Conservaton has come a long way since the late 1800s when the Snowy Egret was nearly hunted to extinction. Threats to birds continue to exist today. Natural-gas burning flares singe the Red-eyed Vireos who are attracted to the light. Oil pits from mining drown roadrunners, and wind turbines down pelicans and more. All told, modern industry kill hundreds of MILLIONS of birds each year.
Simple, inexpensive changes could address the threats and conserve countless birds. Voluntary guidelines for utility companies and the wind industry include bird-friendly steps such as limiting the height of power lines and putting hoods over turbine lights.
As the days grow shorter and food sources deminish, bird migration is a regular seasonal movement, often north and south along a flyway. Migration occurs mainly in the Northern hemisphere, where birds are funnelled on a specific route by natural barriers such as sea and mountains. Within a bird population, it is common for different ages and/or sexes to have different patterns of timing and distance. For example, the female chaf finch migrate eariler in autumn than the males. A common pattern of migration in North America is a clockwise migration, where birds flying North tend to be further West, and birds flying south tend to shift Eastwards.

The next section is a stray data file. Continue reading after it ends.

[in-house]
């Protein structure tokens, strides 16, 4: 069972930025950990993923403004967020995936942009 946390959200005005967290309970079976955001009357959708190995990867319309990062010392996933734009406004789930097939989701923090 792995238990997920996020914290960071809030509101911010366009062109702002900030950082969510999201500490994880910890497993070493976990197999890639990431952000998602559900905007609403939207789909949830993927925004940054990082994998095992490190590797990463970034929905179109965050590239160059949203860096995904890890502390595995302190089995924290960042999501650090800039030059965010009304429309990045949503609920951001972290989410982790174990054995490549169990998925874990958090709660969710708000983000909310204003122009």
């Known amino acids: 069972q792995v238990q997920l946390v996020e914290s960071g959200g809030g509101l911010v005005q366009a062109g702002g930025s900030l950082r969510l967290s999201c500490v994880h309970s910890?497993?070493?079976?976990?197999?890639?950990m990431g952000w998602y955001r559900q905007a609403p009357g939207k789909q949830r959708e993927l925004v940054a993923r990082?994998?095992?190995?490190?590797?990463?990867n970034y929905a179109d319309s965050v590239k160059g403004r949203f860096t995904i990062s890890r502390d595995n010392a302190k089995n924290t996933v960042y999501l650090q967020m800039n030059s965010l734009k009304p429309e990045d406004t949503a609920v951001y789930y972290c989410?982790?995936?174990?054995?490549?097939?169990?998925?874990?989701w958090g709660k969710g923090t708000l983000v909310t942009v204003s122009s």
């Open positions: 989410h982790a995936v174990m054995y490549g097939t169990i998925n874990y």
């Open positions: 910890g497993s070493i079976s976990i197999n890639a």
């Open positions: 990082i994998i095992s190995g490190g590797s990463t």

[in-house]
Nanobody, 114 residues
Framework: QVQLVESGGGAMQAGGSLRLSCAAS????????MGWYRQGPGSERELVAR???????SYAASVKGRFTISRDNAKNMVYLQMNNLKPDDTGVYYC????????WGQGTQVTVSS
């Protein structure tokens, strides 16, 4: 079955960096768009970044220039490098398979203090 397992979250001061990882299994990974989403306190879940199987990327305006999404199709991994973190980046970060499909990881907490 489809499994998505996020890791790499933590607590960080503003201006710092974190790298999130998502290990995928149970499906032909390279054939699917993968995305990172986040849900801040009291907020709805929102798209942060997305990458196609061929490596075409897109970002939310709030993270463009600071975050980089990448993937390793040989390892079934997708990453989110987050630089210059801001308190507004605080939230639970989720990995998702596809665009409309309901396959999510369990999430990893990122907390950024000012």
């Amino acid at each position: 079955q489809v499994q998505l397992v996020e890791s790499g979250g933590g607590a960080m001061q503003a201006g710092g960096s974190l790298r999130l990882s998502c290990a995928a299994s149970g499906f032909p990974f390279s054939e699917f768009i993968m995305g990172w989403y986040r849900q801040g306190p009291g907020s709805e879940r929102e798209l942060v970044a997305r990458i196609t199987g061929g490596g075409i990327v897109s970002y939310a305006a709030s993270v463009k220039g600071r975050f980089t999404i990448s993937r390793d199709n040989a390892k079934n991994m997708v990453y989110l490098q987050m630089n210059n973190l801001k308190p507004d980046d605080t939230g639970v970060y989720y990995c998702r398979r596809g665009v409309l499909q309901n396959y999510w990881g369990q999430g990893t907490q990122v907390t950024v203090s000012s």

Most birds migrate in flocks. For large birds, flying in flocks reduces energy. Geese may conserve 12-20% of the energy they would need to fly alone. Some birds have been found in radar studies to fly 3.1 mph faster in flocks.
Birds fly at varying altitudes, with most flying between 490 to 1,970 feet. Bird strike from aviation show most collisions occur below 2,000 feet, and almost none above 5,900 feet.
Several international treaties have been signed to protect migratory birds including the Migratory Bird Treaty Act of 1918 of the United States, and the African-Eurasian Migratory Waterbird Agreement. The US Migratory Bird Treaty Act prohibits the capture or harming of more than a thousand migratory species, and prohibits the posessing or selling any of the bird parts. The Treaty has been amended several times to impliment bird-protection treaties with other nations. In May 2015, the US Fish and Wildlife Service announced plans to create rule-strengthening protections under the act. Proposed is a new permit process for industries who unintentionally kill species of protected birds listed in the Migratory Bird Treaty Act (MBTA). The new permit would allow a legal “take” of birds as long as certain measures are followed to minimize deaths. An industry whose operations kill lots of birds might be required to pay a fee. Revenue from these fees and from permit applications could help the US Fish and Wildlife Service better protect migratory birds.